The Laws of Settlements

June 24, 2019 in Design, History

From a small Nova Scotia town to booming Barcelona to the mega-city of Jakarta, are there any laws that govern all human settlements? Are there consistent patterns that manage where people live, across scale and time? 

Back in the sixties, an architect and planner named Constantinos Doxiadis explored this question. He sought to understand the complexity and growth of human settlements. In his 1968 book called Ekistics: An Introduction to the Science of Human Settlements, Doxiadisspent 527 pages proposing a science of settlements. 

Today I am talking with Erick Villagomez, an urban designer, professor and writer in Vancouver who has revived and expanded on some elements of Doxiadis’ work. In 2017, Erick self-published a book called The Laws of Settlements. 

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Vancouverism

April 29, 2019 in Community, Design, History

Vancouver is often cited as one of the most successful cities in the world. Today, Vancouver’s inner city is filled with glass towers, townhouses, pedestrian paths, mountain views, public spaces and sidewalk cafes. The downtown is widely praised as being livable, sustainable and walkable. Now, this isn’t to say the city is without its challenges — including housing affordability, homelessness and social isolation.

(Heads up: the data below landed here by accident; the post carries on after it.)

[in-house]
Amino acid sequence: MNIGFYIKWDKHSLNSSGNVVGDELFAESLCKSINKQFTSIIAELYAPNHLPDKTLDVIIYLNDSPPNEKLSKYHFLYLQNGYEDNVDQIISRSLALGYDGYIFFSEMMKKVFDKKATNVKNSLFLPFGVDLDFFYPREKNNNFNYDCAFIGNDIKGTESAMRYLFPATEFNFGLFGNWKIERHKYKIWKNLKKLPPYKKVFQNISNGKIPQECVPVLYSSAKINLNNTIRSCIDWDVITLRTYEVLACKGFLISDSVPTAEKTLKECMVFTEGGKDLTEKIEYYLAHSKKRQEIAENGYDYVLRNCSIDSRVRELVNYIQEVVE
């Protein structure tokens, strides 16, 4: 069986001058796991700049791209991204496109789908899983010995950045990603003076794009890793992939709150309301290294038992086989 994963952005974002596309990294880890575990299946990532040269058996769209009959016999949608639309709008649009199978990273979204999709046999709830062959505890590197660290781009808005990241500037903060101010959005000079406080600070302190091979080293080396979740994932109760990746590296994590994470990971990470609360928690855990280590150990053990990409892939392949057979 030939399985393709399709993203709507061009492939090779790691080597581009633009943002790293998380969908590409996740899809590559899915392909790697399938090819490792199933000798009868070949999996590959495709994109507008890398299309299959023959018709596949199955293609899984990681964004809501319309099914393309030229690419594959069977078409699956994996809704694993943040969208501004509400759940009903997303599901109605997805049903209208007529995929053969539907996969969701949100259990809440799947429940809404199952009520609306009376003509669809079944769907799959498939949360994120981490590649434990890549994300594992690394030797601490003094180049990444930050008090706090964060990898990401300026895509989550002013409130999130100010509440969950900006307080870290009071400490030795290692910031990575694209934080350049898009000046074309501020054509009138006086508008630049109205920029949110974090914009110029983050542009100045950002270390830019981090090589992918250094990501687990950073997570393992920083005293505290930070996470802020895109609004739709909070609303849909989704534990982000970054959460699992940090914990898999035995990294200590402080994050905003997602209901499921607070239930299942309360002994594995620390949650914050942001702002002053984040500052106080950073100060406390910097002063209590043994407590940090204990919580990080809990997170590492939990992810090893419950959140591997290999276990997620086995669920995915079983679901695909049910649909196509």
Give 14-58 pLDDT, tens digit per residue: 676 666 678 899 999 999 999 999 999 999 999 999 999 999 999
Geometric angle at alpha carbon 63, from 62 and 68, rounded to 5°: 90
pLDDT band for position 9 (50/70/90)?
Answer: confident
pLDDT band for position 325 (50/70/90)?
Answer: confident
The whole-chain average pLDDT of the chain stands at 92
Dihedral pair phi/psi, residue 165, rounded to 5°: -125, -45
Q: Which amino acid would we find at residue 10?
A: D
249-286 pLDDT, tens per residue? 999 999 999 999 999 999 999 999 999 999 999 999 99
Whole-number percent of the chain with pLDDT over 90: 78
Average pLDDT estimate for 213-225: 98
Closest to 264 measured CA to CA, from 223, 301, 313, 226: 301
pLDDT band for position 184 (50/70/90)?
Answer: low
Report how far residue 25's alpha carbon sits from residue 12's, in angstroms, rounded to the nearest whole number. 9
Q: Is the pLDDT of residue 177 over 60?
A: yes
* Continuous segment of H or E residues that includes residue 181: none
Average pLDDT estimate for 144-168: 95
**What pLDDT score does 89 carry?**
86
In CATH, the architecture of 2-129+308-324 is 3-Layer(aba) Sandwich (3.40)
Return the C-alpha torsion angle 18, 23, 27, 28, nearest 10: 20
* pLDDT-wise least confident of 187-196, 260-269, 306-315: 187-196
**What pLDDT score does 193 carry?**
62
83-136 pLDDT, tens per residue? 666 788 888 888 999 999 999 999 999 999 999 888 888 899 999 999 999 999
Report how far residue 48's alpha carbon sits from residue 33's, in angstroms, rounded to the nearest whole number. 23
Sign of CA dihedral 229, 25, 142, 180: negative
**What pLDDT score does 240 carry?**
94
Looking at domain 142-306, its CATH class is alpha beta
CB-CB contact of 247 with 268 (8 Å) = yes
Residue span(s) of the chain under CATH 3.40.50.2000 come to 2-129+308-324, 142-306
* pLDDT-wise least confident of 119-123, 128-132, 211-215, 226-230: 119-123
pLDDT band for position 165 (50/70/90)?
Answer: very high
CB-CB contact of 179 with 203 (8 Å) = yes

Overall, with both successes and challenges, downtown Vancouver has changed a great deal since the 1980s. 

Today’s episode explores how this city became the renowned place it is today. So, I thought I’d talk to someone who has been at the forefront of managing and instilling change in Vancouver since the 1970s. 

Larry Beasley is the founding principal of Beasley & Associates. Alongside Anne MacAfee, Larry was the co-chief planner at the City of Vancouver from the 1990s to the early 2000s. Before that, he was a community planner with the City. Since leaving the government in 2006, Larry has been practicing planning around the world. He also teaches at UBC’s School of Community and Regional Planning.

In this episode, Larry and I discuss his experiences as the co-chief of planning, his forthcoming book Vancouverism and some of his key lessons learned over his distinguished career.

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The Origins of Olympic Plaza

September 4, 2018 in History

The Olympics are often remembered for the moments that happen during the event, but we thought we’d explore an example of the built legacy that Olympics and large scale events leave behind. Today, we’re going to dive into the history of Olympic Plaza in Calgary.

This episode explores the decisions made and key lessons learned from the construction of Calgary’s Olympic Plaza. Today, Calgary is grappling with the possibility of bidding on the 2026 Olympics, so Olympic infrastructure is top of mind for many Calgarians.

Let’s rewind a few decades to learn about how and why the plaza began. Today’s guest is Richard Parker.

 

Olympic Plaza site before construction. Photo from City of Calgary Archives.

Olympic Plaza site before construction. Photo from City of Calgary Archives.

Olympic Plaza opening day. Photo from City of Calgary Archives.

Concept image of Olympic Plaza. Photo from City of Calgary Archives.

Olympic Plaza Brick Program. Photo from City of Calgary Archives.

Olympic Plaza. Photo from City of Calgary Archives.